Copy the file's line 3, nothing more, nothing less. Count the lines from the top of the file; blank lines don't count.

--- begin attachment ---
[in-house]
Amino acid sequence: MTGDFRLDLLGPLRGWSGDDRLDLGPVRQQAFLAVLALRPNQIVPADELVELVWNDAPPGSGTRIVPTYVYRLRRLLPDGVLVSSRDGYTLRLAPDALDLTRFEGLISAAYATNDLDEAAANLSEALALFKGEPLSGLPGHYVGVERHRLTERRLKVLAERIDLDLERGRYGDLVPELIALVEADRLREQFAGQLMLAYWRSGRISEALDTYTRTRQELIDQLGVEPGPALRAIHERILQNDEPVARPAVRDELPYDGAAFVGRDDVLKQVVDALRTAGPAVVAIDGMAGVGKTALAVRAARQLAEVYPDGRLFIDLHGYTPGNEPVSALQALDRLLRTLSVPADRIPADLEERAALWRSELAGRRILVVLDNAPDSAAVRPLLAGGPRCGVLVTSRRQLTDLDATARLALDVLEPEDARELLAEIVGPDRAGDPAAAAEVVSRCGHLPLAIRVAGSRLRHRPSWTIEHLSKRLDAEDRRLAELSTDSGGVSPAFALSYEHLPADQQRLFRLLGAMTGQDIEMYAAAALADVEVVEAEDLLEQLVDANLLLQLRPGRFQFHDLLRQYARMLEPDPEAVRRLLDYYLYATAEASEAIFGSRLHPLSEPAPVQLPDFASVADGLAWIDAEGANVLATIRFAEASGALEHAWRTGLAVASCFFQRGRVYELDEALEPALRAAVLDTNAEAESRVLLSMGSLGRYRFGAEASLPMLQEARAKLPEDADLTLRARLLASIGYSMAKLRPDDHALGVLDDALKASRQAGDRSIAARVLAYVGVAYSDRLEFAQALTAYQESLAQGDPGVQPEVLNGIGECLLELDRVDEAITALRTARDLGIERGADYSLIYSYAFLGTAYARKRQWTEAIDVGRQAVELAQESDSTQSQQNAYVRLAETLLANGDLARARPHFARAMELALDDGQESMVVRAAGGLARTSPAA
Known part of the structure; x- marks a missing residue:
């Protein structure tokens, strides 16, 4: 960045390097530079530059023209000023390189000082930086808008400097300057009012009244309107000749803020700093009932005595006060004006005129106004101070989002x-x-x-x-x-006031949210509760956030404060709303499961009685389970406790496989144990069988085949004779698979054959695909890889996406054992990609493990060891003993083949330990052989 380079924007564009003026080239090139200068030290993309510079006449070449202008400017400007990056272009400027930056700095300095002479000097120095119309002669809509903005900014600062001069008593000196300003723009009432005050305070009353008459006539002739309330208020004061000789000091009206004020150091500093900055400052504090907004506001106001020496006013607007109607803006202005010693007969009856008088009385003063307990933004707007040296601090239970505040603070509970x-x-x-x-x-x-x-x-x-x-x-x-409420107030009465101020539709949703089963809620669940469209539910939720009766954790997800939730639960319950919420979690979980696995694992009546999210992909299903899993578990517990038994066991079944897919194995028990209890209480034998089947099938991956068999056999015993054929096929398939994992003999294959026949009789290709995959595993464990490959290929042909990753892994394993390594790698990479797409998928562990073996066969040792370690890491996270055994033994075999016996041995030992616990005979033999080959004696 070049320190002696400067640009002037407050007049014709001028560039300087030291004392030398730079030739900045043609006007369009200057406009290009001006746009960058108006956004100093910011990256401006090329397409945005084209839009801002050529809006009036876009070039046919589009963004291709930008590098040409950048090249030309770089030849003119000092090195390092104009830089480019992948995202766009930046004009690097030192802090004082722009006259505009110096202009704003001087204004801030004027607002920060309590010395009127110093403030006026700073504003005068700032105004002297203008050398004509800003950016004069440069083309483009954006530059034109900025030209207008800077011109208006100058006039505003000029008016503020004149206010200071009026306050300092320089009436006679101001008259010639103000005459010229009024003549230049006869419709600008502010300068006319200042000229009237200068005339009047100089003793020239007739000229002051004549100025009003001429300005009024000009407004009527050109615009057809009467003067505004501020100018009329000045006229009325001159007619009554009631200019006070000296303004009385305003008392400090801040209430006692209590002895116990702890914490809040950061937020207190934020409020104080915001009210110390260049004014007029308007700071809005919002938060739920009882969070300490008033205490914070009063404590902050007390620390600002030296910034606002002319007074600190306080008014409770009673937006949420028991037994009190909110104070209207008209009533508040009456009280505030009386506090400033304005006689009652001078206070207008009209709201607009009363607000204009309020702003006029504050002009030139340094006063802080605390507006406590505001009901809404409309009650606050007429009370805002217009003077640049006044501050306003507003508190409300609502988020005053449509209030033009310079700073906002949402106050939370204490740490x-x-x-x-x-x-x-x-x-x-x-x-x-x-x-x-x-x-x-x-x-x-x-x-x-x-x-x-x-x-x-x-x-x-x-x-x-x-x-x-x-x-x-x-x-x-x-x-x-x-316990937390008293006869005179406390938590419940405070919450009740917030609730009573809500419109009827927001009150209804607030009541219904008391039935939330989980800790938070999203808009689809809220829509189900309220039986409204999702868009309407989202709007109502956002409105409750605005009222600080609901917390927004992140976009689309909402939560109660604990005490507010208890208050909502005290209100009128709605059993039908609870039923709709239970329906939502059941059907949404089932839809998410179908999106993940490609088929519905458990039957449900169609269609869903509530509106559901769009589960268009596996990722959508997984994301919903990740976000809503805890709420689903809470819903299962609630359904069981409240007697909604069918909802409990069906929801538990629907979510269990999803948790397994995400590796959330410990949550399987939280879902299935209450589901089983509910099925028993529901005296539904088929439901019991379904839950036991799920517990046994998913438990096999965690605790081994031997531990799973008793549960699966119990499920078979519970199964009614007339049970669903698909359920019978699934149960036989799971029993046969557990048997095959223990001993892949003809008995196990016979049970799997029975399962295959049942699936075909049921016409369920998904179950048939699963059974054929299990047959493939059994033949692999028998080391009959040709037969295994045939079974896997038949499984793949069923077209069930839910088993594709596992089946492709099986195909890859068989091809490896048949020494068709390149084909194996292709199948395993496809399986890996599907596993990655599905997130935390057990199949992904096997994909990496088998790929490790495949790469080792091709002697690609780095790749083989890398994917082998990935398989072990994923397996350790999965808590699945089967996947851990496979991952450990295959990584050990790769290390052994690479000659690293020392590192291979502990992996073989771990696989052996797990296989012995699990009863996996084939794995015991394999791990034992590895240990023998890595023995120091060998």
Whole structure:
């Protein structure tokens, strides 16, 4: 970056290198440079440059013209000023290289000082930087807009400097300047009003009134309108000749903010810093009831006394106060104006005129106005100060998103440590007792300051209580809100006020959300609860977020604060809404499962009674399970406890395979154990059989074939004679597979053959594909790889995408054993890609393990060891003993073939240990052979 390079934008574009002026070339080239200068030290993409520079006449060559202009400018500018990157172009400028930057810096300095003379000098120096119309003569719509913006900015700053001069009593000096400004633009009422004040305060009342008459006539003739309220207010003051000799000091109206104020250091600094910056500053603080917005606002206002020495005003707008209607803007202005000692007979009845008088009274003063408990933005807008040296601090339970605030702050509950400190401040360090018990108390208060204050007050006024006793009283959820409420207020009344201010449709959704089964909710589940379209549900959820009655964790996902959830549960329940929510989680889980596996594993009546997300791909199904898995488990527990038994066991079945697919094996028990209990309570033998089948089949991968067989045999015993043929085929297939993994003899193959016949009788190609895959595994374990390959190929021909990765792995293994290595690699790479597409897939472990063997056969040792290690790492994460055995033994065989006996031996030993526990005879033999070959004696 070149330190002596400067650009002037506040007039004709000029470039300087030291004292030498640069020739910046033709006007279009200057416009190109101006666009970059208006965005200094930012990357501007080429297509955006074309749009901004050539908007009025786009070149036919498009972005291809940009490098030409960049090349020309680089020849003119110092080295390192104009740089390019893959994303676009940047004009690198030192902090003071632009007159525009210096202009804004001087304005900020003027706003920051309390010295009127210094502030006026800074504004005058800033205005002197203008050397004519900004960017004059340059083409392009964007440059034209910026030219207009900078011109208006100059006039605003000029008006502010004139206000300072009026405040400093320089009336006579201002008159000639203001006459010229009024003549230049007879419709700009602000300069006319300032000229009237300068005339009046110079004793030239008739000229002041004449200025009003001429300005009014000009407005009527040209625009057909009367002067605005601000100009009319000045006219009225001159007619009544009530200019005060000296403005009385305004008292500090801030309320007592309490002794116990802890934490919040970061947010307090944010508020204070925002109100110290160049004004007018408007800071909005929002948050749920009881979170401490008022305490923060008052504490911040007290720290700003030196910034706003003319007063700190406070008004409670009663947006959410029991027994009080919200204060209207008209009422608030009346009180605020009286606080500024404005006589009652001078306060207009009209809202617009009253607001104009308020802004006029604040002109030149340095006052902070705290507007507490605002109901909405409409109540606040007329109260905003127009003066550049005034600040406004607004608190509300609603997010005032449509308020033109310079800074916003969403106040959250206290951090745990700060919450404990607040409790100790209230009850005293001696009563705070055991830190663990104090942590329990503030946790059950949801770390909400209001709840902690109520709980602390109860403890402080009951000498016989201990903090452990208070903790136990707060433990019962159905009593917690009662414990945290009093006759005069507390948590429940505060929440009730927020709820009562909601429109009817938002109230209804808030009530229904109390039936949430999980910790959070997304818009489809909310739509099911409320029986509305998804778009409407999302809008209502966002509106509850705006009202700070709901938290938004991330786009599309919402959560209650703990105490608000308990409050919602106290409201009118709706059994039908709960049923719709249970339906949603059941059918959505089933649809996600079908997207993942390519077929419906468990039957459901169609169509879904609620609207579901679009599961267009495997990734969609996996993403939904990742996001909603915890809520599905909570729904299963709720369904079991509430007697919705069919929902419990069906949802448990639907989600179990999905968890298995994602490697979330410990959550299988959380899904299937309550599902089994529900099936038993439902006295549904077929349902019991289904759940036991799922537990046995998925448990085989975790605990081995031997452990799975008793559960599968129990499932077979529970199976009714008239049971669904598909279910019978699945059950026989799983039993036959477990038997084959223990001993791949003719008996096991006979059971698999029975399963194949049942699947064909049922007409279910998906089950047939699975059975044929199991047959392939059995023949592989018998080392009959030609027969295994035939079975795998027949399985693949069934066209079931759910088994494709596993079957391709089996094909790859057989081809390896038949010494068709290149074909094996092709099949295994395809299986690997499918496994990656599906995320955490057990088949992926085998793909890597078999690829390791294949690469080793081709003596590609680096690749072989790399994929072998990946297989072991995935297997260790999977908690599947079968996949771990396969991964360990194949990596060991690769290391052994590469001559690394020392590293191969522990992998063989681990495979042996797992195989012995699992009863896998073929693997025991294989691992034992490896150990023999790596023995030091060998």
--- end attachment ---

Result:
Known part of the structure; x- marks a missing residue: